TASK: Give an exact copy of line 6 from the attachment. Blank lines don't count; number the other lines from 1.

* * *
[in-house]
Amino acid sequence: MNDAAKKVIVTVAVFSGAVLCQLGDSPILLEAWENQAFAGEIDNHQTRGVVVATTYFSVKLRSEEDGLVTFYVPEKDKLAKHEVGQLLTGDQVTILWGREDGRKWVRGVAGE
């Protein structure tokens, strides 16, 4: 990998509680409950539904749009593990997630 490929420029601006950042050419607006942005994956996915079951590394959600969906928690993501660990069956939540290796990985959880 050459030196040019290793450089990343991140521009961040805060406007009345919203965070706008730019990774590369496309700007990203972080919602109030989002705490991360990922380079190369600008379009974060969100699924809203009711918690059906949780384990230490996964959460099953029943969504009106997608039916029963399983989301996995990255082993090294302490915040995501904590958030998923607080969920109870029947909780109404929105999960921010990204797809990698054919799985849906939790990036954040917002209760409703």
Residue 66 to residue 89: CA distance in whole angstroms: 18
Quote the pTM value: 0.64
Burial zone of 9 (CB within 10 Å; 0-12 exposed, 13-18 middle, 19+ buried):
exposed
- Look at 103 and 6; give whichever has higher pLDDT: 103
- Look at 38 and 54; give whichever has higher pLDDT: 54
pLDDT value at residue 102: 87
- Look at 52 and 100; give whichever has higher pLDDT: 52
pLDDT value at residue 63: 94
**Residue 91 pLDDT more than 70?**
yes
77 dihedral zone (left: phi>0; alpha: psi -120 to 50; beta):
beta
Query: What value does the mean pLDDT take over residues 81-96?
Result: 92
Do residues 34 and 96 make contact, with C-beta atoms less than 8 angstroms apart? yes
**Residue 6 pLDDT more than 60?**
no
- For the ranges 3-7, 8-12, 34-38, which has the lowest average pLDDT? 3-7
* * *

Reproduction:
Burial zone of 9 (CB within 10 Å; 0-12 exposed, 13-18 middle, 19+ buried):